Indianapolis Union Railway
|Dates of operation||1850–|
|Track gauge||4 ft 8 1⁄2 in (1,435 mm) standard gauge|
The Indianapolis Union Railway Company (reporting mark IU), is a terminal railroad operating in Indianapolis, Indiana. It was organized on May 31, 1850, as the Union Track Railway Company by the presidents of the Madison and Indianapolis Railroad Company (M&I), the Terre Haute and Richmond Railroad Company (TH&R), and the Indianapolis and Bellefontaine Railroad Company (I&B) for the purposes of establishing and operating joint terminal facilities in Indiana's capital city. The name of the company was changed to its present one on August 12, 1853. The next month, on September 20, Indianapolis Union Station opened its doors, becoming the very first union railroad station in the world. Since 1999, the company has been owned and operated by CSX.
Early history (1850-1900)
The Union Track Railway Company was organized on May 31, 1850. Later that year, 1.60 miles (2.57 km) of main line track were turned over to the company; 0.64 miles (1.03 km) from the Peru and Indianapolis Railroad Company (P&I) and 0.96 miles (1.54 km) that had been jointly constructed by the three founding lines (the M&I, the TH&R, and the I&B). On November 25, 1852, the company's directors adopted a resolution by which other railroads might be admitted into the group. The Indiana Central Railway Company (IndC) and the Lawrenceburg and Upper Mississippi Railroad Company (L&UM) were so included shortly thereafter.
On August 12, 1853, the company renamed itself the Indianapolis Union Railway Company, a name it has kept ever since in spite of the ever-changing names of its various owning lines.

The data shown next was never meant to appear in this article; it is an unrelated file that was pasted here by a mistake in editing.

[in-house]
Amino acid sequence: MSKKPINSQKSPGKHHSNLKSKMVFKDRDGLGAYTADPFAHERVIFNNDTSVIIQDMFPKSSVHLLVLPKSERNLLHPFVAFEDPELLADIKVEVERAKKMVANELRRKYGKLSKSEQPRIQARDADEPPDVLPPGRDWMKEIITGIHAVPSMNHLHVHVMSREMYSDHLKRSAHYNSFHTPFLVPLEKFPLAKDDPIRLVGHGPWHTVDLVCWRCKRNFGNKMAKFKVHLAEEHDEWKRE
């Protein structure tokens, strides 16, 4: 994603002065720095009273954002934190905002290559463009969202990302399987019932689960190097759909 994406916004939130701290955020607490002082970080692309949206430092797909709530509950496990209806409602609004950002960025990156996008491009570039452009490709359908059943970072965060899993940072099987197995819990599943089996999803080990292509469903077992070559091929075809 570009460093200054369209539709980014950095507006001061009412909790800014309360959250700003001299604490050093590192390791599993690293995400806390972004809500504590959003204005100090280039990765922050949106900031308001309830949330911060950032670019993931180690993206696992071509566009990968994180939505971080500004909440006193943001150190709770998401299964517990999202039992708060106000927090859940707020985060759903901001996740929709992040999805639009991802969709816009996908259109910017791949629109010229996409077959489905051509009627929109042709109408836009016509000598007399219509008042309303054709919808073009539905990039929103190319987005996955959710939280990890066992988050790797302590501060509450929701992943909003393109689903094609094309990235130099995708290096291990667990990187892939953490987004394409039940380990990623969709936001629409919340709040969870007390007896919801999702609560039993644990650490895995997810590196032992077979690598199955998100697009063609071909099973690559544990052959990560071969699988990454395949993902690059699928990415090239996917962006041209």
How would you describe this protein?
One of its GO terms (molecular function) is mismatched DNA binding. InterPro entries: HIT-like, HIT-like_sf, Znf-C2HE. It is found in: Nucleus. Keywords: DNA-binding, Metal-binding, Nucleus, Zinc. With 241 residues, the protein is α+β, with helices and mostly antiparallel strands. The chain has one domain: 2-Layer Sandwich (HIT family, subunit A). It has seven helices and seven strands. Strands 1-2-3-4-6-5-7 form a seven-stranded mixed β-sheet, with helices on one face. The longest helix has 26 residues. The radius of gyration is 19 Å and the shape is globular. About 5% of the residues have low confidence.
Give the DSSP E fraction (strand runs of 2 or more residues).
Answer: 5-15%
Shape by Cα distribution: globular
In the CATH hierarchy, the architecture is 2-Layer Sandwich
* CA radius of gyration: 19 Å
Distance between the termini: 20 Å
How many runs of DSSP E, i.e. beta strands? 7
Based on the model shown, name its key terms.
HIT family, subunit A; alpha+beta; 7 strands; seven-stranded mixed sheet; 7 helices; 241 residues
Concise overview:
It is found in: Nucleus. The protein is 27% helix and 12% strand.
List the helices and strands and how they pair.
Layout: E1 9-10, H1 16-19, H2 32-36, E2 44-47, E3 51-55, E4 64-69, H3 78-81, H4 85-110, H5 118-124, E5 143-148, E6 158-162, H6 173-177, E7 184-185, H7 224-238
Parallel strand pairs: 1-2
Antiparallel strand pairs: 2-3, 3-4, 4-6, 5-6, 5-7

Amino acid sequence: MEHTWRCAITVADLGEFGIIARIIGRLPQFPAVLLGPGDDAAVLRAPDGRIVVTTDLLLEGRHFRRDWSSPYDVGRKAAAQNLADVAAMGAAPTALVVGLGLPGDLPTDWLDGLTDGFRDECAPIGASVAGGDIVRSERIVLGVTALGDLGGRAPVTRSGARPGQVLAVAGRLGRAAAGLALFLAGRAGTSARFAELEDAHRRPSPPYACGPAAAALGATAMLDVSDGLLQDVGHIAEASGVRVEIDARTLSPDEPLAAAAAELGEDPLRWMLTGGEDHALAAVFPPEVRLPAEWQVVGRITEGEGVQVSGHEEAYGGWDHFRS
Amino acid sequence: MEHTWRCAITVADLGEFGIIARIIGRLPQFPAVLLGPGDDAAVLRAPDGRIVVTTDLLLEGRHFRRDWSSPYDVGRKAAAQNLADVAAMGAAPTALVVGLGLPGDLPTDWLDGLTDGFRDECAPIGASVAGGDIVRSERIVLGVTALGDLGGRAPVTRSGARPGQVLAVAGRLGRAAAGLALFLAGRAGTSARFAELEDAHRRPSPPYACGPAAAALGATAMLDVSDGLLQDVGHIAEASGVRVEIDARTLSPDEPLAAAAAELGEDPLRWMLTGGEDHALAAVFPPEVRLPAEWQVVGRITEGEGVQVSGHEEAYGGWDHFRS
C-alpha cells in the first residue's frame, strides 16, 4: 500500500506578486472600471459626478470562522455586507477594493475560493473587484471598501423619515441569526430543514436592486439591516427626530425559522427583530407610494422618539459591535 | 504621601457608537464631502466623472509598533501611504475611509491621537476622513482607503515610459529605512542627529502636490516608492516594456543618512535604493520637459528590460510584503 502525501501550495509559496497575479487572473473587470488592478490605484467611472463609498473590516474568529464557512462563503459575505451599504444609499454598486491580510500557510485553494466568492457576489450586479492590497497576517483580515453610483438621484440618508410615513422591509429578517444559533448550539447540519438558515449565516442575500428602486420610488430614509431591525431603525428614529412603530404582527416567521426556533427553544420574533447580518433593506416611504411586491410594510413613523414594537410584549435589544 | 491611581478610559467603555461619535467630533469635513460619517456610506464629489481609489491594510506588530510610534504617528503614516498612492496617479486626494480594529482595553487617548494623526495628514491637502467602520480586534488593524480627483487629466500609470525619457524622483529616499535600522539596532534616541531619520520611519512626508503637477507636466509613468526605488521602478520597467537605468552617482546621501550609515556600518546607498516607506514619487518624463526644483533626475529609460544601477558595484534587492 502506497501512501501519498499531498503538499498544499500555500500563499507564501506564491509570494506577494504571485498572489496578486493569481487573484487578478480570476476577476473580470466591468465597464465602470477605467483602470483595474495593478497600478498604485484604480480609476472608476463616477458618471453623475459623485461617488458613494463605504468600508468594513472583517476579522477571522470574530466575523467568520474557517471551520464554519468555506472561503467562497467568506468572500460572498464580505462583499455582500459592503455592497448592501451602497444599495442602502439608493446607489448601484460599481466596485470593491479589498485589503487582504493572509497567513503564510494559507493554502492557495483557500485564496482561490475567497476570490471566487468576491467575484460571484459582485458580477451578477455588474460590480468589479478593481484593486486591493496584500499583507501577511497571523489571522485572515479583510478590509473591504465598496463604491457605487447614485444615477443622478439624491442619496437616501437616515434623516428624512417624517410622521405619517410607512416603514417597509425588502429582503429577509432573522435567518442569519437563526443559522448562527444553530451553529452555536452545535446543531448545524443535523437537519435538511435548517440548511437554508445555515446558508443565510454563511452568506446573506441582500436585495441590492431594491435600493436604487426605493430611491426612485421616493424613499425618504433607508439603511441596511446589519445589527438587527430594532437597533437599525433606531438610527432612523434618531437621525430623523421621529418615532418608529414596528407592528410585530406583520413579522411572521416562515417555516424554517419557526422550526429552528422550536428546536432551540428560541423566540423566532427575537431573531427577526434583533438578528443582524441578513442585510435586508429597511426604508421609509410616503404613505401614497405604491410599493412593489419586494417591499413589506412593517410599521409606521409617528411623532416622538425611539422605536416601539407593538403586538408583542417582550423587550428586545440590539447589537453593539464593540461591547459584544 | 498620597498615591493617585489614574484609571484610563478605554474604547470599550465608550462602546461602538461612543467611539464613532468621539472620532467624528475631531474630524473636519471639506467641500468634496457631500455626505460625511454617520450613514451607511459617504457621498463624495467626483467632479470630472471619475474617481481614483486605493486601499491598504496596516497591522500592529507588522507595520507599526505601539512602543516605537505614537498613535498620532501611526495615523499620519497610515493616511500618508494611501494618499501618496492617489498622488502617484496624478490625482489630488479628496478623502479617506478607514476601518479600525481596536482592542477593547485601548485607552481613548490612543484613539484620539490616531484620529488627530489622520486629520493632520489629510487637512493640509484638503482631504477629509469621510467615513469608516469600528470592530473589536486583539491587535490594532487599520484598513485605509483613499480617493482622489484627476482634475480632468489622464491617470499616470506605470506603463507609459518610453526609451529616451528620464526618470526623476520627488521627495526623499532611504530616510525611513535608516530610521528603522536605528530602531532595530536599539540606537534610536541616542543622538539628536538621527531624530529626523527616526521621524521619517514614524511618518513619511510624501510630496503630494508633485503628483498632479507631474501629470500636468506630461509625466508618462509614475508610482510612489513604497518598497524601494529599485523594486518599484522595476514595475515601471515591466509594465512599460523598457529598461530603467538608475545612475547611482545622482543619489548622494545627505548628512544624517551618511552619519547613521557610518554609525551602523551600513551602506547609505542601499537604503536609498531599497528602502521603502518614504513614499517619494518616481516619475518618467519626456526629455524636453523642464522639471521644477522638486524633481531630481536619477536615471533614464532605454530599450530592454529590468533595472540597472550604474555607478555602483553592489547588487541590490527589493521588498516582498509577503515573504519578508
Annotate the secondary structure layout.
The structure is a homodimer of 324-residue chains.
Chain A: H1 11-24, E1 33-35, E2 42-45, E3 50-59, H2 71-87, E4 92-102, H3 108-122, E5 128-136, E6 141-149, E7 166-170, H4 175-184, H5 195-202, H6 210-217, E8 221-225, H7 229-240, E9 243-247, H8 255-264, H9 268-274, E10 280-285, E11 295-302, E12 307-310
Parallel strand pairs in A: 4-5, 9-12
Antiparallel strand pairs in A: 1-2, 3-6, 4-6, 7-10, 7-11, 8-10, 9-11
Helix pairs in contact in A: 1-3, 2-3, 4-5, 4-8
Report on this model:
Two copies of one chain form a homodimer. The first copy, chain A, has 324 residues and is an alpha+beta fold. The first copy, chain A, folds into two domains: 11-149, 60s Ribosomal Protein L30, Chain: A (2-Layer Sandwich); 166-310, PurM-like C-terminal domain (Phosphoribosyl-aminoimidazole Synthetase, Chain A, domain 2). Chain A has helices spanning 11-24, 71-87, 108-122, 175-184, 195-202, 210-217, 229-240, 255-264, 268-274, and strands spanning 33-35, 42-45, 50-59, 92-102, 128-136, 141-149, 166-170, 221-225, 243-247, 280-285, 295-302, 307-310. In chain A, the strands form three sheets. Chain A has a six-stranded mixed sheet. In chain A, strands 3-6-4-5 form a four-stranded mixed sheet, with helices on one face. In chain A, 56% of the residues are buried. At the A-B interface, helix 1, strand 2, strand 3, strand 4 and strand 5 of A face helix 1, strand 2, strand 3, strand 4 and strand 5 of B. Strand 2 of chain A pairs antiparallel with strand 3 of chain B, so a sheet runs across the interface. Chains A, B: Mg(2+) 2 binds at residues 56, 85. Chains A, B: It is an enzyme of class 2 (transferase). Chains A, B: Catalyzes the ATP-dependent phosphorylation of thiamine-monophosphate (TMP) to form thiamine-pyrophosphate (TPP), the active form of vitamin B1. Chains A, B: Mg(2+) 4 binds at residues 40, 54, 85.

On September 20, 1883, a new joint ownership, lease, and operations agreement was reached and entered into by the participating railroads. This date also marked the 30th anniversary of the opening of Indianapolis' original Union Station.
On March 14, 1884, the property of Union Station and 1.11 miles (1.79 km) of main line track were conveyed to the Indianapolis Union Railway by deed. This included 0.87 miles (1.40 km) that had been jointly constructed by the three founding lines, and an additional 0.24 miles (0.39 km) from the P&I. That same day, all properties that had been used but not deeded under a November 19, 1872 agreement were ceded by joint deed to the IU by the following companies: the Jeffersonville, Madison and Indianapolis Railroad Company (successor to the M&I), the Terre Haute and Indianapolis Rail Road Company (successor to the TH&R), the Chicago and St. Louis Railway Company (C&StL), and the Cincinnati, Indianapolis, St. Louis and Chicago Railway Company (CIStL&C).
On March 2, 1885, the Indiana General Assembly passed legislation allowing for the incorporation of union railroad companies. The Indianapolis Union Railway was so accepted as such under that act a few days later, on March 25.